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Professing to be “unbossed and unbought,” Shirley Chisholm was the first black female major-party candidate for President of the United States, and the first black woman to be elected to Congress. Chisholm wasn’t intent on winning the presidency, but was steadfast on challenging conventions and showing Black America that they could aim high. She set the bar, in many ways, over which President Barack Obama jumped.

Shirley Anita St. Hill Chisholm was born November 30, 1924, in Brooklyn, New York. She attended Brooklyn College, where she majored in sociology; she later earned a Masters from Columbia University.

In 1964, Chisholm ran for and was elected to the New York State Legislature. Four years later, she ran as the Democratic candidate for New York’s 12th District congressional seat and was elected to the House of Representatives. As the first woman in Congress she hired an all-female staff.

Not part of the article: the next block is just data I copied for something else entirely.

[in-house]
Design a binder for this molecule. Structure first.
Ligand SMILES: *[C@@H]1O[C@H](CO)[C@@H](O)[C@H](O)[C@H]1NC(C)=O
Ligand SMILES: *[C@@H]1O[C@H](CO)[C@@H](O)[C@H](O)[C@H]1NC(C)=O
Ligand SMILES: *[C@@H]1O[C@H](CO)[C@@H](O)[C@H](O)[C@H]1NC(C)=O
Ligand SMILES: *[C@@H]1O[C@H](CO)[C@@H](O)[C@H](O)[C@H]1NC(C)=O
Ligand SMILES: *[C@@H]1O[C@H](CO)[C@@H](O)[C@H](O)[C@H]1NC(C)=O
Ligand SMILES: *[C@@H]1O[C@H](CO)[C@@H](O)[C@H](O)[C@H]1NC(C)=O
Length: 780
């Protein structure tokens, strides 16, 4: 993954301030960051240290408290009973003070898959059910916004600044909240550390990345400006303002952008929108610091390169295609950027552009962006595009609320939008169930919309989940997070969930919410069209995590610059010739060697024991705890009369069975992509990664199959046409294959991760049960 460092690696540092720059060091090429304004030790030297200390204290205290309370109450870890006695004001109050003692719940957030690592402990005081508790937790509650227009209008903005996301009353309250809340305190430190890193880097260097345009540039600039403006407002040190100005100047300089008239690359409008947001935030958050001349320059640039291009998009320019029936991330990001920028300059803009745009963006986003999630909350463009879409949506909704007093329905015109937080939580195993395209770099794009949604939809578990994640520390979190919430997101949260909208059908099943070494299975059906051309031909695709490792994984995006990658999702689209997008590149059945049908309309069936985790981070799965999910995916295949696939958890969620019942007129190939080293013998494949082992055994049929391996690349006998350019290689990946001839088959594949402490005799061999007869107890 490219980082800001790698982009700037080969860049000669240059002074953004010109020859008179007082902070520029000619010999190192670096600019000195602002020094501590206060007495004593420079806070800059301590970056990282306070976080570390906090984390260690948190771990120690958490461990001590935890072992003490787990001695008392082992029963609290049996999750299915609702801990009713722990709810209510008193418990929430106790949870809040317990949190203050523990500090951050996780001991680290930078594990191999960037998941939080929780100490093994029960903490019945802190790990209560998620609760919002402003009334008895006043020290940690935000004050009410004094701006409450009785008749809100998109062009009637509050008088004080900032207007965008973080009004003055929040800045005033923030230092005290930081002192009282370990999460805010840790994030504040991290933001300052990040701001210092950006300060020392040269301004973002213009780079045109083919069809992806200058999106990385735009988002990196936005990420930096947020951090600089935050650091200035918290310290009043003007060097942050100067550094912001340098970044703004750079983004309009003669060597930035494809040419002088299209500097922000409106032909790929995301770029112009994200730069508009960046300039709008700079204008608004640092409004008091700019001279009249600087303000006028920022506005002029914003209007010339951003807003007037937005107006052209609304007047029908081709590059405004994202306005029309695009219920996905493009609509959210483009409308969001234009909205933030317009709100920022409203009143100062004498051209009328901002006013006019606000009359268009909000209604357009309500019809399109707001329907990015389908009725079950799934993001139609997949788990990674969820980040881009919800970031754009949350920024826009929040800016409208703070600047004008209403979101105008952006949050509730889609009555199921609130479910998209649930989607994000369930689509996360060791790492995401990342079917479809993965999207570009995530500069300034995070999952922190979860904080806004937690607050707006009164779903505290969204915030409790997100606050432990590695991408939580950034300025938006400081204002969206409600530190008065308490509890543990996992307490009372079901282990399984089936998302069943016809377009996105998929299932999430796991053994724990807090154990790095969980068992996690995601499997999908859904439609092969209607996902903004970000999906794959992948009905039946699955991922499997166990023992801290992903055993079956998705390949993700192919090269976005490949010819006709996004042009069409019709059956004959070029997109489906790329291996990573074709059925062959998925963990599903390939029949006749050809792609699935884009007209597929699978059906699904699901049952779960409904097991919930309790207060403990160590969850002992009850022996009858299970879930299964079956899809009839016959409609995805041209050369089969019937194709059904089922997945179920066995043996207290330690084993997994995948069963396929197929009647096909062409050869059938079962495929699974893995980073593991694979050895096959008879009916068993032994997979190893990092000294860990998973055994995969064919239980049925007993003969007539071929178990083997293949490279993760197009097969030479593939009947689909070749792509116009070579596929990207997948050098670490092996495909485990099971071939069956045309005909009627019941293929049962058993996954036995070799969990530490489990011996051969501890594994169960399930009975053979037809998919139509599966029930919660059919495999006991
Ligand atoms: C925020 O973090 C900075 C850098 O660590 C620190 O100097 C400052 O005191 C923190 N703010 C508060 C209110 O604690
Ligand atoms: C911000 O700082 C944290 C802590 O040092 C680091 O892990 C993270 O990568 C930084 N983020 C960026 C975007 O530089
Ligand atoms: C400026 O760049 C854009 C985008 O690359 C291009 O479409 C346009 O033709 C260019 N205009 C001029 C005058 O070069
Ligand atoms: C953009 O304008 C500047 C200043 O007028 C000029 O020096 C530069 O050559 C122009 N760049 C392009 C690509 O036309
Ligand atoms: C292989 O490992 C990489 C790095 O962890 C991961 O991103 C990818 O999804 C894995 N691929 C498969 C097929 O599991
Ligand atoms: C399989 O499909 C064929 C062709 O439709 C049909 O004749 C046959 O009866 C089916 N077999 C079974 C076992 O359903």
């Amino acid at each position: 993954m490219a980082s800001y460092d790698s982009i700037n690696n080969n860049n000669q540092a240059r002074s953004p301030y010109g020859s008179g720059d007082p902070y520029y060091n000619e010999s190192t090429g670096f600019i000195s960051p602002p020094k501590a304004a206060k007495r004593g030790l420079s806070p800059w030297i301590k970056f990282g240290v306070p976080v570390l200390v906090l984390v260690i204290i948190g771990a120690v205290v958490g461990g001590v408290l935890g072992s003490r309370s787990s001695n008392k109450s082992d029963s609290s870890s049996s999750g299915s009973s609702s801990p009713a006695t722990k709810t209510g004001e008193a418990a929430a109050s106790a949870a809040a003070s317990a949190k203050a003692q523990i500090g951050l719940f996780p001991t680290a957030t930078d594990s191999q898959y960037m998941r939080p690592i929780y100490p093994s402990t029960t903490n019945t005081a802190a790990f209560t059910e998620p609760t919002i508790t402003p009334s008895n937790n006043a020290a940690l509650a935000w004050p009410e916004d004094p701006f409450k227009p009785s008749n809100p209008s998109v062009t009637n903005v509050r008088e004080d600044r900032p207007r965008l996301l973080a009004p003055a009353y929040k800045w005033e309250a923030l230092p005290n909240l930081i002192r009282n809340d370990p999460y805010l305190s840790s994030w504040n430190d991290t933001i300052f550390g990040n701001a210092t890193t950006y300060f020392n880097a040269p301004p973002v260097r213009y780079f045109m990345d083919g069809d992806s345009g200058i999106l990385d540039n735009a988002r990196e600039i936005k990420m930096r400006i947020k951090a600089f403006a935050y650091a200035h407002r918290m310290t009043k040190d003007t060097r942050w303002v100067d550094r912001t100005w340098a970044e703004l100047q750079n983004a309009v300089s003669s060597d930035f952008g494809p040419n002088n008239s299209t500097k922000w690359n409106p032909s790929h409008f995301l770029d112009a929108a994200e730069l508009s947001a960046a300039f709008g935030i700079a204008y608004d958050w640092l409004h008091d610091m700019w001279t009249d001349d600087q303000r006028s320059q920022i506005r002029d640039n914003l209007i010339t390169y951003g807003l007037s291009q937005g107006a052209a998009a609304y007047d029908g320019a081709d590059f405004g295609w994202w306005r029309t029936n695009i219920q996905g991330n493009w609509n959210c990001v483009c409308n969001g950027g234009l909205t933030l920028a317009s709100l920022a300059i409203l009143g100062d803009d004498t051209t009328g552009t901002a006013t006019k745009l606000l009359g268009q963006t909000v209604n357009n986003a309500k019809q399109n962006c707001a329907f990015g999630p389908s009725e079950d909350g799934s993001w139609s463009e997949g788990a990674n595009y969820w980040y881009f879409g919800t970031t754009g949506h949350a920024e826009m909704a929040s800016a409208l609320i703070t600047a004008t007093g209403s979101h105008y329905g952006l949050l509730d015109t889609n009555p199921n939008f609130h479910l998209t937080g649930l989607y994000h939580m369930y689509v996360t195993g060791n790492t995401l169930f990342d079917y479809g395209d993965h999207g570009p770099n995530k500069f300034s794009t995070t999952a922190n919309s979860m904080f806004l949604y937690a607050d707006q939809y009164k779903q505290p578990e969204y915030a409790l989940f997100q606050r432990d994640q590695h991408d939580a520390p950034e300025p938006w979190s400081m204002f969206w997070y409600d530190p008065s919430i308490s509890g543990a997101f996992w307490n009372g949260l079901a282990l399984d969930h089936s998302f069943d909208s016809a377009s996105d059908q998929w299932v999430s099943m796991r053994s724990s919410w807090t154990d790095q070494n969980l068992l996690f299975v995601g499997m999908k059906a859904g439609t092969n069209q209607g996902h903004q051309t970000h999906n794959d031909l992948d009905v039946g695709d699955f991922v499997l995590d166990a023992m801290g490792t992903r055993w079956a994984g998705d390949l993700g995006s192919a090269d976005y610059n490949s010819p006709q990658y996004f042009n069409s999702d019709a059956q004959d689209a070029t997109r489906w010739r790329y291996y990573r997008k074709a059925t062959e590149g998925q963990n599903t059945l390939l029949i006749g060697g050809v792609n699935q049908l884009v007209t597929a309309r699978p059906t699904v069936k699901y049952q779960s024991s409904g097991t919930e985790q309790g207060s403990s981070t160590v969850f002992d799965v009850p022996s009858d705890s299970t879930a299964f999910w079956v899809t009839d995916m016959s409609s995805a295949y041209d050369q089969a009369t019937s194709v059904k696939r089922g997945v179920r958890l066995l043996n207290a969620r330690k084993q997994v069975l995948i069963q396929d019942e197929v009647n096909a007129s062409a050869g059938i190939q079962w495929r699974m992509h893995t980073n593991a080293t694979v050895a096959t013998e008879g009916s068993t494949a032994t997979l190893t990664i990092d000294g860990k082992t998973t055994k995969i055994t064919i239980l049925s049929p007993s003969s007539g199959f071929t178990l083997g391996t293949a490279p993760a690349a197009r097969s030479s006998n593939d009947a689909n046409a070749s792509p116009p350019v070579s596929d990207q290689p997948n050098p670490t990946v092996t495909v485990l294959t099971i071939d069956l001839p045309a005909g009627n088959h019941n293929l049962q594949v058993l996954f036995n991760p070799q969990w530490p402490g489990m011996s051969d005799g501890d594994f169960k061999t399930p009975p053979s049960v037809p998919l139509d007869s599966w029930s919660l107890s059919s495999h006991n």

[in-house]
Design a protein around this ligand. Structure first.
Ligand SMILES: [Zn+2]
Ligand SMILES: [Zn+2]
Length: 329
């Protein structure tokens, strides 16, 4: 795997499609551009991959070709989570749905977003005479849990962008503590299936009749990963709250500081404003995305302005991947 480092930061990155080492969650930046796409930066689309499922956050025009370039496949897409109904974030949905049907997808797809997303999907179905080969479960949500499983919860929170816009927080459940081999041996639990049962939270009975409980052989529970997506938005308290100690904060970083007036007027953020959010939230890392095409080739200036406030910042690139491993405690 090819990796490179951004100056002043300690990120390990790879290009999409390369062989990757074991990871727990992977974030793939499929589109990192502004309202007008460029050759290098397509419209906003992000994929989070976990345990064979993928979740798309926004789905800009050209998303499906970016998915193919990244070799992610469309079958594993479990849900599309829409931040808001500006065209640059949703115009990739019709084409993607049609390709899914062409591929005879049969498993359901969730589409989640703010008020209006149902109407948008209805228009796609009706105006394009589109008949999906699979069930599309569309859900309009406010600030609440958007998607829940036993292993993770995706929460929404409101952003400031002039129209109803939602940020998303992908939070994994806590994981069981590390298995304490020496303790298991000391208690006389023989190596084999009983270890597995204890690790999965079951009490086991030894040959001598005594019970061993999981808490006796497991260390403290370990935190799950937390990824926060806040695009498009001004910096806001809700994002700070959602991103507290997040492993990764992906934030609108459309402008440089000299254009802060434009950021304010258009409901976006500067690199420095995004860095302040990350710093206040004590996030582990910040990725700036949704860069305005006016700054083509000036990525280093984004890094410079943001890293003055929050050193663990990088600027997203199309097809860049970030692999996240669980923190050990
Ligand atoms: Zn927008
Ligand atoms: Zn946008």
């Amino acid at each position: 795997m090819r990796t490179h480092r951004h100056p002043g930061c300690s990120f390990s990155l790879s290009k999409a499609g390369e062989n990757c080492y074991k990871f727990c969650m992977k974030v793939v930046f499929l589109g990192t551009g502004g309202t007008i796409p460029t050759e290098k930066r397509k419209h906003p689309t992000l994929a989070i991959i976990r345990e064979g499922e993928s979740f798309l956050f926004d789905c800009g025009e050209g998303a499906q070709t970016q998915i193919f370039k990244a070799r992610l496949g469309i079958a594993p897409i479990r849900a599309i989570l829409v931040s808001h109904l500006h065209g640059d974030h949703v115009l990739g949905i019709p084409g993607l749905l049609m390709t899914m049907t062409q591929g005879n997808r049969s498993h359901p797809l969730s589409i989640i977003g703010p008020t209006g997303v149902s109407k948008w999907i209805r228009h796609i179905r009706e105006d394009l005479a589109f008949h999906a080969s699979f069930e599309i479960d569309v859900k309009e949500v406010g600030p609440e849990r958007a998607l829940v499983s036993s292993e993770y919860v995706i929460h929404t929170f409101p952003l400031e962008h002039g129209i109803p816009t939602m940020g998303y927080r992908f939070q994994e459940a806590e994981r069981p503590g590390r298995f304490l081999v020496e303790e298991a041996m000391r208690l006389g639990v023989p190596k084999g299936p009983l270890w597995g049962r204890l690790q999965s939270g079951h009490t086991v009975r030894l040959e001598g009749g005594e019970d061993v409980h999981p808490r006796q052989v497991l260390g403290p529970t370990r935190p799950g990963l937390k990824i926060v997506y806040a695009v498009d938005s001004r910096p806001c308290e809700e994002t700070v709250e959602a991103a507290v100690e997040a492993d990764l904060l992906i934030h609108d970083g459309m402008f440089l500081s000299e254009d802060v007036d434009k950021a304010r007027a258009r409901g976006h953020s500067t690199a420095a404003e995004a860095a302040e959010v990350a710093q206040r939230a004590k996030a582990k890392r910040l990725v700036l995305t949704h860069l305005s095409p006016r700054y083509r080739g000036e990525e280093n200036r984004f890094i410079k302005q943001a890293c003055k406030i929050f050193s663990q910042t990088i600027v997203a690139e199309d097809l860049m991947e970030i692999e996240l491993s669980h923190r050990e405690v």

Serving seven terms, Chisholm was an outspoken advocate for women, minorities, and the poor: she worked to improve opportunities for inner-city residents. She authored legislation that instituted a program called SEEK (Search for Education, Elevation, and Knowledge), which provided college funding to disadvantaged youth.

The pinnacle of Chisholm’s ascent occurred in 1972, when she became the first major-party black candidate for President of the United States, and the first female candidate for the Democratic presidential nomination. Chisholm won 152 votes at the 1972 Democratic National Convention, but lost.

Chisholm retired from Congress in 1982, but remained a public figure and voice. On January 1, 2005, Shirley Chisholm died. Chisholm, as politician, author, and educator, overcame her two largest “handicaps,” being a woman and being black. She fought for political change in the 20th century that allowed tangible change, which is exhibited in the current presidency of Barack Obama.

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